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Kuroda adds Cubs to growing fan club

He throws Dodgers' first shutout and strikes out 11 in 3-0 victory. L.A. gets Berroa from Royals.

June 07, 2008|Dylan Hernandez | Times Staff Writer

Hiroki Kuroda said he felt he regained something that he lost when he left Japan to play in the major leagues: the ability to deliver every pitch with everything he had, even if it meant collapsing on the mound.

That will carried Kuroda to a four-hit, 11-strikeout complete-game shutout and lifted the Dodgers to a 3-0 victory over the Chicago Cubs on Friday night at Dodger Stadium, where the paid crowd of 52,484 was on its feet when he ended the game by throwing a slider to Ryan Theriot for a called third strike.

"That was my style in Japan," said Kuroda, who became the first Dodgers pitcher to throw a complete-game shutout in three years. "The old part of me that I'd forgotten about came out again."

Manager Joe Torre said he had Kuroda (3-5) on "a short leash," but that the 33-year old right-hander never gave him the chance to pull him.

"He was about as close to perfect without being perfect as you can be," Torre said. "He was in total control. He was just dominant."

Kuroda's game-ending strikeout not only secured the Dodgers' fourth win in 15 games, but also capped a day when the club was able to add a utility infielder at essentially no cost.

By parting with only infielder Juan Rivera of Class-A Great Lakes to the Kansas City Royals, the Dodgers were able to acquire 2003 AL rookie of the year Angel Berroa, who probably will be their everyday shortstop until leading hitter Rafael Furcal returns from a back strain that has sidelined him for more than a month. The Royals agreed to pay the remainder of Berroa's contract, which includes a $4.75-million salary for this season and a $500,000 buyout on a club option for 2009 worth $5.5 million.

Berroa is expected to be at Dodger Stadium in time for the game today.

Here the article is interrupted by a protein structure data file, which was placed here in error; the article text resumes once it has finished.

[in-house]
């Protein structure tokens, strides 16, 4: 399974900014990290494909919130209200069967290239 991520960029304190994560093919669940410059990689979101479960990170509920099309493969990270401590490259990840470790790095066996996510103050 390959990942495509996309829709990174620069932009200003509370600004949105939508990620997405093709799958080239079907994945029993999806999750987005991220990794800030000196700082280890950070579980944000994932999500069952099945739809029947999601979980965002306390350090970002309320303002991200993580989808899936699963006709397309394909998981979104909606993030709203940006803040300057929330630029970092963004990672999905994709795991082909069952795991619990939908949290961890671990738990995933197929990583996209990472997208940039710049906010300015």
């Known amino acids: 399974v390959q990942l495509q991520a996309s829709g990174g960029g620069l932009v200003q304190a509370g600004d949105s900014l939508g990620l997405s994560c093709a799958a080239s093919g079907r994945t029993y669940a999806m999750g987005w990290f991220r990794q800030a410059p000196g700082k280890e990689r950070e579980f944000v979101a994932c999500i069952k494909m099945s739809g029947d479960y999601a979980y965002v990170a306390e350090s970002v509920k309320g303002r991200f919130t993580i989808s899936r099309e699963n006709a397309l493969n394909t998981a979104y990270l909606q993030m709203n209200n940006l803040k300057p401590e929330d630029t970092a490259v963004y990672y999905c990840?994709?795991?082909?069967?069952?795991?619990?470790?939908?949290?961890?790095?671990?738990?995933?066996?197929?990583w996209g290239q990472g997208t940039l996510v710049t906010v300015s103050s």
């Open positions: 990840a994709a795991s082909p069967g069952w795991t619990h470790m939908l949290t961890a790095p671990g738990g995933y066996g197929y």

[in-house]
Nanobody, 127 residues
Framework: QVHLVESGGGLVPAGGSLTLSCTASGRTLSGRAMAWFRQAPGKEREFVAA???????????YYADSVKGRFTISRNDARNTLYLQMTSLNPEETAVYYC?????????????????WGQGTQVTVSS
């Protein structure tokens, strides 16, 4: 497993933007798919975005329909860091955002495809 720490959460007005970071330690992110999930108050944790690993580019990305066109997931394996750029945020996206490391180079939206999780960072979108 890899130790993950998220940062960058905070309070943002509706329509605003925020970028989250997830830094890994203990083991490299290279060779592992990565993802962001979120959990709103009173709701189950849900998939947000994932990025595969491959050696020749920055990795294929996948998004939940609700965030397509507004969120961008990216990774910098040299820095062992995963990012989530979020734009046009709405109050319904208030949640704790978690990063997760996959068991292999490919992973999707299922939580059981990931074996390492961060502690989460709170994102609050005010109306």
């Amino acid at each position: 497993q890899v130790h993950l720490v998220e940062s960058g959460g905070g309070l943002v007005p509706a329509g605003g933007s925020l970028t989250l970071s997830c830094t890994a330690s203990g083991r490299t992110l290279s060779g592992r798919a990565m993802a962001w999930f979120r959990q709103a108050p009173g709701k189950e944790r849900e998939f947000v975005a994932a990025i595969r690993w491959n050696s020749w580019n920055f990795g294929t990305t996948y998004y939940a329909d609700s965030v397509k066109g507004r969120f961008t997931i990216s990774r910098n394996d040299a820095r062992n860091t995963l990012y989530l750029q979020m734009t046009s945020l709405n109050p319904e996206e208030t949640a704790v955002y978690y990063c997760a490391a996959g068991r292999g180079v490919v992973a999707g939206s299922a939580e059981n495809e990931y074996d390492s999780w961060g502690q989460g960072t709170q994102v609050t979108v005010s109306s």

"It was a good day," Torre said.

Kuroda's worst start of the season was his last, when he lasted 2 2/3 innings in a loss to the New York Mets at Shea Stadium. Between that start and this one, Kuroda said he had several conversations with pitching coach Rick Honeycutt and changed the grip of his slider.

The only serious trouble he encountered Friday was in the fourth inning, when his throwing error put men on the corners with no outs. But Kuroda struck out Aramis Ramirez and forced Kosuke Fukudome to ground into a double play to end the threat.

"The guy was intense coming in and he didn't let up," said catcher Danny Ardoin, who started in place of Russell Martin. "He took the bull by the horns."

Kuroda didn't walk a batter, lowering his earned-run average to 3.49.

He was handed an early 1-0 lead, as Jeff Kent doubled to center in the first inning to drive in Delwyn Young from first. An infield hit by Blake DeWitt loaded the bases with no outs in the fourth and James Loney scored on a groundout by Ardoin to double the advantage.

Loney scored another run to extend the margin to 3-0 on a suicide squeeze by Ardoin in the sixth, making Kent's fifth-inning ejection for arguing a strike-three call a non-factor.

The addition of Berroa to the active roster today could result in a demotion to triple A for rookie Chin-lung Hu, who is hitting .165.

Berroa was recommended to Colletti by bench coach Bob Schaefer, who coached him in a rookie season when he hit .287 with 17 home runs, 21 steals and 73 runs batted in.

But Berroa came at a cheap price for a reason, as his decline in recent years resulted in the now-30-year old shortstop spending most of the last two seasons at triple-A Omaha.


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